Police find high cocaine use among domestic abuse perpetrators
A number of police forces have been drug testing individuals arrested for domestic abuse offences as part of a pilot to establish perpetrator profiles and offender rehabilitation opportunities to protect victims.
Anecdotally, the use of cocaine and alcohol have been highlighted as exacerbating factors in domestic abuse offences, and the results from pilots in seven police forces have demonstrated significant evidence to support this.
In one area, nearly 85 per cent (127/150) of domestic abuse offenders arrested and drug tested, were positive for cocaine and/or opiates and overall across the pilot forces, 59 per cent of those tested were positive for cocaine and/or opiates.
Mark Lay is the National Police Chiefs’ Council Drugs Coordinator Lead. He said:
Mark Lay, the National Police Chiefs’ Council Drugs Coordinator Lead, stated that while violent behaviours are known to be associated with cocaine use, “the high percentage of offenders testing positive was more than we had anticipated.” He also emphasised that drug use could make domestic abuse “more extreme or frequent” and that the pilots could lead to more targeted treatment programmes.
The study also indicated the surprisingly widespread use of cocaine in various communities, suggesting a potential need for legislative change in regard to mandatory drug testing for a broader range of offences.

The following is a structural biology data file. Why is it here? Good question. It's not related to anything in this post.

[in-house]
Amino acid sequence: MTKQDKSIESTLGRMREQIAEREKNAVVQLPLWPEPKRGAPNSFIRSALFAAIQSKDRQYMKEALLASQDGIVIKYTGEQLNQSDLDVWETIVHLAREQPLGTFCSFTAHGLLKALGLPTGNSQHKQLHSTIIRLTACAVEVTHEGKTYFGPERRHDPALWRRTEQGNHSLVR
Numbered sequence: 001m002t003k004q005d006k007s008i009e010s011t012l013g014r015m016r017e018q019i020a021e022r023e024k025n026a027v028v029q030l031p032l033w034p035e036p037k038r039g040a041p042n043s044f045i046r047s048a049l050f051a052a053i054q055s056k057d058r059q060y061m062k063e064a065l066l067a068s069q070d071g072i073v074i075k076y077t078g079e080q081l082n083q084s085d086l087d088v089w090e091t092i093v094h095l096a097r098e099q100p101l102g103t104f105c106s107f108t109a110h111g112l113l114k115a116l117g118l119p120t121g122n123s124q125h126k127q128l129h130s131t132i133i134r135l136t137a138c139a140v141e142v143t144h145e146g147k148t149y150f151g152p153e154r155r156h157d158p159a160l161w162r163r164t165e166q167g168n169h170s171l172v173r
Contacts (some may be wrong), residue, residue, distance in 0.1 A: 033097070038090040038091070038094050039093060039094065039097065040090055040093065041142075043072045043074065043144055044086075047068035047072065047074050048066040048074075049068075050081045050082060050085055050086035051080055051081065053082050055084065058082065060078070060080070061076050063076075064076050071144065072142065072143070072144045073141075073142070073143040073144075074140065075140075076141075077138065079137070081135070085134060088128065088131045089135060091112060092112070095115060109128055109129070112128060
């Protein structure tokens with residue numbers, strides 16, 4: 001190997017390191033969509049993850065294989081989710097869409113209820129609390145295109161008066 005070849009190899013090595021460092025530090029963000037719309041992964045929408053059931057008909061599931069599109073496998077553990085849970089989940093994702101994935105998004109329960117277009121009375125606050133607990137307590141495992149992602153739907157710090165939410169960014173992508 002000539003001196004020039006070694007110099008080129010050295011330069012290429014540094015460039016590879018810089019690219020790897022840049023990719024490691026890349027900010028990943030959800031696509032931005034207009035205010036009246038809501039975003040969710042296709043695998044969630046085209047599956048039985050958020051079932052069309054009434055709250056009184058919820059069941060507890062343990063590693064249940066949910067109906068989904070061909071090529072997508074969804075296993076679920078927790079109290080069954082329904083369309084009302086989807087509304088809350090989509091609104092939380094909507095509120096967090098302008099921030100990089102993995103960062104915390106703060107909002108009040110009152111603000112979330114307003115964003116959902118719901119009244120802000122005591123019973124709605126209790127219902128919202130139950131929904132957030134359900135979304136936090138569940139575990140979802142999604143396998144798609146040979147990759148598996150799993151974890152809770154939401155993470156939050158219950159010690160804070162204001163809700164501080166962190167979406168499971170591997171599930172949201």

Assistant Commissioner Louisa Rolfe, National Police Chiefs’ Council Lead for Domestic Abuse, said the study could help in managing perpetrators more effectively, protecting victims, and identifying opportunities for drug treatment services in perpetrator programmes.
Women’s Aid Chief Executive, Farah Nazeer, also weighed in on the study’s findings. She noted that drugs, including cocaine, do not cause domestic abuse but highlighted that there is a link that can exacerbate existing violence and abuse.
“This study highlights that we need to understand how other forms of harm, such as drugs, interlink with domestic abuse – and how this can help improve protection and support for survivors,” she said.
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